Spending a bit more on an attractive entrance adds to curb appeal for visitors and neighbors.
When potato and vegetable grower Jim Wysocki and a group of partners started planning to build a 3,000-cow Central Sands Dairy near Nekoosa, Wis., a few years back, they knew the project might generate opposition.
The partners had heard more than a few horror stories about large dairies becoming entangled with neighbors and other groups over proposed building projects. The Central Sands group chose to meet the challenge head-on by creating an extensive public relations/education campaign aimed at winning public support.
"We knew siting a 3,000-cow dairy was not going to be an easy proposition,” Wysocki says. "We understood that some people, given a choice, would probably rather not have a large dairy facility built in their area. We could have gone ahead by just doing things our way and ignoring the neighbors.
"But that would have meant facing a bunch of opposition down the road and then having to do a lot of work to overcome it. We thought it would be best to do the work on the front end.”
Patience was a major part of the Central Sands strategy. After four full years of planning, Wysocki and his partners felt they were ready to approach the township about obtaining a permit in late 2005. One wrinkle: Wisconsin state legislators at the time were working on a controversial new livestock facility siting law. (See "Siting Success,” page 31.)
"We didn't want get into the permit process and suddenly find out we were dealing with a whole new set of rules and regulations because of the new law,” Wysocki says. "We also didn't want to become a poster child for a debate over the law. It made more sense to be patient.”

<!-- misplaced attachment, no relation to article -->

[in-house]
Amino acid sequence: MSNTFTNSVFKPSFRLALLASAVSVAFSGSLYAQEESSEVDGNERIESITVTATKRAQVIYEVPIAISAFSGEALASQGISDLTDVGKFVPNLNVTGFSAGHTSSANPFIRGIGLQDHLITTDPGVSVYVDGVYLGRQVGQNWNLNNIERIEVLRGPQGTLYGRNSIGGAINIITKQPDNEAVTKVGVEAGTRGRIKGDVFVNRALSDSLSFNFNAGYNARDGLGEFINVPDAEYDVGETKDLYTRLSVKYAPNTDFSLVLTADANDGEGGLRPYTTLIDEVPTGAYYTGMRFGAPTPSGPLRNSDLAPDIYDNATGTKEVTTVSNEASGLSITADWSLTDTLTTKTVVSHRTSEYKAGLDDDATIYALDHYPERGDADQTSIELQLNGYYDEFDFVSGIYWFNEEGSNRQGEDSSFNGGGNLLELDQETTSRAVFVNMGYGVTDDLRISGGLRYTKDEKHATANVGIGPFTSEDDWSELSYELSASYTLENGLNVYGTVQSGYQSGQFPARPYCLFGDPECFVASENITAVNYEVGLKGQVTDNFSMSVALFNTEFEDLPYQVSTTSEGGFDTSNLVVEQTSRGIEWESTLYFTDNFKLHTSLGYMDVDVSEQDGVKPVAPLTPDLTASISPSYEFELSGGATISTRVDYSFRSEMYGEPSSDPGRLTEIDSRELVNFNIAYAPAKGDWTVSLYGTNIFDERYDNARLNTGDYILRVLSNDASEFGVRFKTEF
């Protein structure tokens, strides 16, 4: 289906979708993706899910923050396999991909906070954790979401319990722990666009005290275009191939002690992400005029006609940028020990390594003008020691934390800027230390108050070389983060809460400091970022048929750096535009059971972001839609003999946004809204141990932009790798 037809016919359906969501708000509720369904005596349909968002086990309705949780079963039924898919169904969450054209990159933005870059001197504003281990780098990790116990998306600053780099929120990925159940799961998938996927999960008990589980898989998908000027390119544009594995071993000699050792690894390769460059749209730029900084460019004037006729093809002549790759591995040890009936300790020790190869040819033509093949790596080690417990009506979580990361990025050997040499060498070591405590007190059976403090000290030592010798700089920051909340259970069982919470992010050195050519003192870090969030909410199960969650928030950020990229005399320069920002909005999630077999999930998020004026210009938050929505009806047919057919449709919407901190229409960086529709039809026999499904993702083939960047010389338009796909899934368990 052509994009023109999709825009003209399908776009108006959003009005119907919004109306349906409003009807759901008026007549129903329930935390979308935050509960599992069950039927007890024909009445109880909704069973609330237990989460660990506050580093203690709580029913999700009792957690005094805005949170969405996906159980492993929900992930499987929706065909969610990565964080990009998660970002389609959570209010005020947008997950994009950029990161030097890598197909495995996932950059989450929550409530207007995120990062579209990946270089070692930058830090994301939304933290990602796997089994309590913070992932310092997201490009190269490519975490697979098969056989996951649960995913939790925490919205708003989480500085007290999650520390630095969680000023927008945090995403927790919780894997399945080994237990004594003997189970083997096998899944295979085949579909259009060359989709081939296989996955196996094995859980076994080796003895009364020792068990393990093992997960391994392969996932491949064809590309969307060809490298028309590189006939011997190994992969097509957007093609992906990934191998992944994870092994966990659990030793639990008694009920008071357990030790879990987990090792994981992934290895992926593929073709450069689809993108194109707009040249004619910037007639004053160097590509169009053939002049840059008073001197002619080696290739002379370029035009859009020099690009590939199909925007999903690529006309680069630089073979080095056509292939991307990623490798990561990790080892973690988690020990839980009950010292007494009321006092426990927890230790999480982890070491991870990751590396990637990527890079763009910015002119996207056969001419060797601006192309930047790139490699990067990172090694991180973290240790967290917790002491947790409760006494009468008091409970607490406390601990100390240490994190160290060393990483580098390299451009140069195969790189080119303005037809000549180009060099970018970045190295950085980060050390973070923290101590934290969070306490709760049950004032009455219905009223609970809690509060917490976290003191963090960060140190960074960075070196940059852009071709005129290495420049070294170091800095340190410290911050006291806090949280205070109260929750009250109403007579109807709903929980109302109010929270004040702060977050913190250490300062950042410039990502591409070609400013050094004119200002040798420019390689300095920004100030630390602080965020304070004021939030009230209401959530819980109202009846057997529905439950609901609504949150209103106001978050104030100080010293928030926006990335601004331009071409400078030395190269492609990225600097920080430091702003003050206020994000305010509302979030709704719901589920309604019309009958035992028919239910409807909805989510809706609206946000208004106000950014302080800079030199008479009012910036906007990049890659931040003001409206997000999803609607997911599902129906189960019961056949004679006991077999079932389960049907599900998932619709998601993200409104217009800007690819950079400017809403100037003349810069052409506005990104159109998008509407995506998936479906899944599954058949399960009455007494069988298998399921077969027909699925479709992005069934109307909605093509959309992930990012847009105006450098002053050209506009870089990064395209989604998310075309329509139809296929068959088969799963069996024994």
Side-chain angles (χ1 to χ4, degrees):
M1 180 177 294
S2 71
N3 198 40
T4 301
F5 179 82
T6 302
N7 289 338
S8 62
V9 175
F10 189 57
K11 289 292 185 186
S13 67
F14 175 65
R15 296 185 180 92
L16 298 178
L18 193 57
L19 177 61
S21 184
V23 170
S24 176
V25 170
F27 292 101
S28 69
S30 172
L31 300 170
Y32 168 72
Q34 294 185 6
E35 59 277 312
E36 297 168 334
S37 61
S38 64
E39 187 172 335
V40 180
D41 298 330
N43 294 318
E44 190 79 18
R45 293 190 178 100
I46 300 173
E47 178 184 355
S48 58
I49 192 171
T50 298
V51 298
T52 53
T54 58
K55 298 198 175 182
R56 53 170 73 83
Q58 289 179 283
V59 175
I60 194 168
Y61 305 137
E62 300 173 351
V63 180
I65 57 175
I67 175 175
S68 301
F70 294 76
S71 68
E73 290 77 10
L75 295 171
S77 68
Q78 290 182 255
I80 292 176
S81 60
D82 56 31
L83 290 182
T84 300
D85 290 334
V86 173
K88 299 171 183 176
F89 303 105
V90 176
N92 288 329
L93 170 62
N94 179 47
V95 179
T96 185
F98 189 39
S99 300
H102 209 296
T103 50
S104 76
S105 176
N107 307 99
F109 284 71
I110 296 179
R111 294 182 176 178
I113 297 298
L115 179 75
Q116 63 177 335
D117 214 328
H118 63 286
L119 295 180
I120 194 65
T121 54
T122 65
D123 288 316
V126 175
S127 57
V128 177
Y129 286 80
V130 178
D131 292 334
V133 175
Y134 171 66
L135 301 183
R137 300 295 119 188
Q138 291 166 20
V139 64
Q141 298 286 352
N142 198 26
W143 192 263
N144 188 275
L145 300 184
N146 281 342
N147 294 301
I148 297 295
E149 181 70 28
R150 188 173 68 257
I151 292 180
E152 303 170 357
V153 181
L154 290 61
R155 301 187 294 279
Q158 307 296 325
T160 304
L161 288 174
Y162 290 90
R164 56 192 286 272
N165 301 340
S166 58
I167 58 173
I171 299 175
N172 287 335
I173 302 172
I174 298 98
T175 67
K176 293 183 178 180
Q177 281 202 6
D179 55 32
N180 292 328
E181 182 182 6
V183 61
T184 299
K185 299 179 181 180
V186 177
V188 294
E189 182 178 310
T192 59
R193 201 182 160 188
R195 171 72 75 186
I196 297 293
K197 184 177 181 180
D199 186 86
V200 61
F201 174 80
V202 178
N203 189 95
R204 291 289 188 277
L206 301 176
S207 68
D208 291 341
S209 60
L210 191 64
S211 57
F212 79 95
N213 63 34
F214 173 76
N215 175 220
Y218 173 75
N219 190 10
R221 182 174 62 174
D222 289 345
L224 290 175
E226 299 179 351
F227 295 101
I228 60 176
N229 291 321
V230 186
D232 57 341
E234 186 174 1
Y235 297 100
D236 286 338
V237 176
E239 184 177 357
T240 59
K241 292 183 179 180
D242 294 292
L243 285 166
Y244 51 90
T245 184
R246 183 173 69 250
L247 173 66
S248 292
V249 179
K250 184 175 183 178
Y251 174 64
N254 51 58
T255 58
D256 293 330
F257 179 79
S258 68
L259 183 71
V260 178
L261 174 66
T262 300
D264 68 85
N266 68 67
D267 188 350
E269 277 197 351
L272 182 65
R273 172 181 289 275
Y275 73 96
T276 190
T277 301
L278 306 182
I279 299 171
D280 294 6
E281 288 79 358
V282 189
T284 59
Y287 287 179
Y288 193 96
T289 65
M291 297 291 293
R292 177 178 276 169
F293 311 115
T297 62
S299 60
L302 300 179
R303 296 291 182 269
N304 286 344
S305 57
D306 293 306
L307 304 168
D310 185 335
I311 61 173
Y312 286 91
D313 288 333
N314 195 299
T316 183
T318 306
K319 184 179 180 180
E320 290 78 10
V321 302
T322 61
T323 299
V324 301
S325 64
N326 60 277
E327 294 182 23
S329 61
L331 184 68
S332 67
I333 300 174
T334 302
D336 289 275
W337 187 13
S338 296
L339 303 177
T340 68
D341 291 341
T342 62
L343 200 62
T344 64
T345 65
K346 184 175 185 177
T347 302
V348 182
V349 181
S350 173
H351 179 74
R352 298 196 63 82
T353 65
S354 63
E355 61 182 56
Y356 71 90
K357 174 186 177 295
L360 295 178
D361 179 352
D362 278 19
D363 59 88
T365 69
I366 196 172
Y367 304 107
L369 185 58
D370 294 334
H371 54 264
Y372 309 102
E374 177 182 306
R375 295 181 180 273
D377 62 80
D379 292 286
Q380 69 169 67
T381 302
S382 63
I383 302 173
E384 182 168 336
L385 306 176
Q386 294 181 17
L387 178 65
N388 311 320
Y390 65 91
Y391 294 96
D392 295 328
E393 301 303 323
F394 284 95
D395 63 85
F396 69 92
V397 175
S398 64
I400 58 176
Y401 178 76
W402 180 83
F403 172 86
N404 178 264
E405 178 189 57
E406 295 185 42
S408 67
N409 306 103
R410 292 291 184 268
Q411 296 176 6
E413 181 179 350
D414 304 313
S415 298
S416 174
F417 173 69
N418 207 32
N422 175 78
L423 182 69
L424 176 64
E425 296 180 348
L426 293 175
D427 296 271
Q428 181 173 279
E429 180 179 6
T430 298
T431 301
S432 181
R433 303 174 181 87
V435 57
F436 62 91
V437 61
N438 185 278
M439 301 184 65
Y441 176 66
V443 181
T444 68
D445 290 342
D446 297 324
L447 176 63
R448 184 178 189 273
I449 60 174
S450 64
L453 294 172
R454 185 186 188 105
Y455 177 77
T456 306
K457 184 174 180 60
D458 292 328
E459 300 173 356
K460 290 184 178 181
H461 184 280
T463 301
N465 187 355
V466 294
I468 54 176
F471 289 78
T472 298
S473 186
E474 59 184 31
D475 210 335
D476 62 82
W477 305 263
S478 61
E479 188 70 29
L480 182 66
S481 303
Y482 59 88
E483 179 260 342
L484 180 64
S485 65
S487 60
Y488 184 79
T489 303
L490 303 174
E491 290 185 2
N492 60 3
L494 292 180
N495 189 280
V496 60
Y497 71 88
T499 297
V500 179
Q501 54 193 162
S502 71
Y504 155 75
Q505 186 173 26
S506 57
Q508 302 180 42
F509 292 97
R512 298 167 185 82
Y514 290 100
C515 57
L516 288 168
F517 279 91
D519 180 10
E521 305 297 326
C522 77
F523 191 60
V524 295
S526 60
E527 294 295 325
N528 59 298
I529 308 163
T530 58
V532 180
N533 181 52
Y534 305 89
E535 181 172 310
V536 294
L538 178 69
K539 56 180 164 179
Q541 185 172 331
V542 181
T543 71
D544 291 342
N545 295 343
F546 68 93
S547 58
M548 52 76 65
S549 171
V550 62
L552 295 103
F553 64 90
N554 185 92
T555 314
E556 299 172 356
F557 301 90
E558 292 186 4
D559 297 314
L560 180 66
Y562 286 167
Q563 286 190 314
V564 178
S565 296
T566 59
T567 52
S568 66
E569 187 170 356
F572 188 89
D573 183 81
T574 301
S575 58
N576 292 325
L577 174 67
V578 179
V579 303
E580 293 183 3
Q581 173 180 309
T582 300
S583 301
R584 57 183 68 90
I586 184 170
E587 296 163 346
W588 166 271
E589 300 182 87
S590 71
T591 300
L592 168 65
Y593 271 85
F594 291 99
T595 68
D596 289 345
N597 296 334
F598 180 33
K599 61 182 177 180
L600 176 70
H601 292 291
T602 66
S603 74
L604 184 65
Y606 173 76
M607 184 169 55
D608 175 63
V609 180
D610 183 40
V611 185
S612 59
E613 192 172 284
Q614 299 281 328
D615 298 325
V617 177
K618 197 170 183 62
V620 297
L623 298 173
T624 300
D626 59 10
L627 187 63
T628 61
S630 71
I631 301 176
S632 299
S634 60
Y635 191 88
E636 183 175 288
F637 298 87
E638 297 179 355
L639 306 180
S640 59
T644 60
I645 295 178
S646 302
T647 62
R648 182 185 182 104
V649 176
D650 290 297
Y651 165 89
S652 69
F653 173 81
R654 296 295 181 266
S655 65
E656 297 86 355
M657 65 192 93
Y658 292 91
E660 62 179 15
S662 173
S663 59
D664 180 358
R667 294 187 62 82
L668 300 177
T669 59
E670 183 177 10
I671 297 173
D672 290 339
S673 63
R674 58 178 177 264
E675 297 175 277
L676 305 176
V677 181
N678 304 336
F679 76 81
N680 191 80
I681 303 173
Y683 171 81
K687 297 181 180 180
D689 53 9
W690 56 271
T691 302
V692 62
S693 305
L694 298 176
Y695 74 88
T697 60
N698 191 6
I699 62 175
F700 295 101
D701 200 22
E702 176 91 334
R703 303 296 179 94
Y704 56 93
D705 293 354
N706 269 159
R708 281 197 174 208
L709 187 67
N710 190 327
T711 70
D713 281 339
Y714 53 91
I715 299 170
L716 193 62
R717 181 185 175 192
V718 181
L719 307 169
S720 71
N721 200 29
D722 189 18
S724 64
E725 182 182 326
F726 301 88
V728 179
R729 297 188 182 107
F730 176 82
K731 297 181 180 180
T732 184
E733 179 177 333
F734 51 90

The Central Sands group took neighborhood acceptance into account when it came to designing and planning their new facilities. Some key components:
- Picking a location. Wysocki was farming more than 7,500 acres in his cropping operation when the partners started mulling over options for siting the dairy. "We had a lot of options on where to build,” he says. "We wanted a location that was near our farm ground so we could easily handle feed and manure from the dairy without getting on the main roads. "But we also wanted to be as far away as possible from neighbors. At the site we eventually chose [80 acres], we're over a quarter-mile from the nearest house. And there are only 11 houses within a one-mile radius of the dairy. That gives us a good cushion to work with.”
- Emphasizing facility appearances. "We made sure we put up nice-looking buildings and did the site work right,” Wysocki says. "We probably put a fancier front on the milking parlor than we needed. But it presents a good image of our business to people coming in here, and we think that's important.”
- Constructing a methane digester. "It [the digester] may make us money sometime in the future,” Wysocki says. "But at the start, it didn't really pencil out economically. We decided to go ahead and do it anyway because it would be good for the neighbors. It will help reduce odors and pathogens, and it keeps our overall neighborhood footprint small.”
While waiting for the legislature to act on the siting law, the partners began contacting government officials about the project. "We sat down with everyone from the governor's office to the local town board members,” Wysocki says. "Our basic approach was, ‘Here's an FYI on what we're proposing to do.' We didn't want to catch anybody by surprise.”
Next, they launched a campaign to educate township residents about the project. The first step was going door-to-door to discuss the project with 50 neighbors living within a two-mile radius of the dairy. About 10 days before they started knocking on doors, they sent out postcards letting residents know they would be stopping by. "Our goal was to show people we weren't trying to sneak anything by them,” Wysocki says. Only three or four people turned the dairy down on the offer to talk.